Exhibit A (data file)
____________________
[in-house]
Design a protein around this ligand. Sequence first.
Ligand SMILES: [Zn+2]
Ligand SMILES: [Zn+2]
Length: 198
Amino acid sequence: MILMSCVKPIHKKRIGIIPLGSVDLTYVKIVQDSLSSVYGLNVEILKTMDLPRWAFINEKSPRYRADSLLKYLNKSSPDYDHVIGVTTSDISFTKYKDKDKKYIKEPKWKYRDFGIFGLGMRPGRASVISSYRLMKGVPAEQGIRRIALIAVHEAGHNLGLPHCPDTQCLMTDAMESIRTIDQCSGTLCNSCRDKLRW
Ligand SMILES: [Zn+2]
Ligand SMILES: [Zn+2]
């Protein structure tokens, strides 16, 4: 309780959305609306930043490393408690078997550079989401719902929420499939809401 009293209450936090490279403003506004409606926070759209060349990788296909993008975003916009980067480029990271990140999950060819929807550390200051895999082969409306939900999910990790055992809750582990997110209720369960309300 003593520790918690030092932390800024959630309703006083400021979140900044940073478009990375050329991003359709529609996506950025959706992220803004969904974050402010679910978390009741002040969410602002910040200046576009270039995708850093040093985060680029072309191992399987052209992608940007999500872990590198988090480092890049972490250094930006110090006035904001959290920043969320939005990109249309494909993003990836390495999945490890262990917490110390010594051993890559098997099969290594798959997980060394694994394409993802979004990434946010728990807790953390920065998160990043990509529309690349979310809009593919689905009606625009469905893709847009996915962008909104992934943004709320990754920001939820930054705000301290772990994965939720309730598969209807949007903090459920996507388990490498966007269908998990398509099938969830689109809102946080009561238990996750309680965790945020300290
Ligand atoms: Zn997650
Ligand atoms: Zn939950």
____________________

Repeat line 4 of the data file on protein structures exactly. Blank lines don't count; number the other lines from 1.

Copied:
Ligand SMILES: [Zn+2]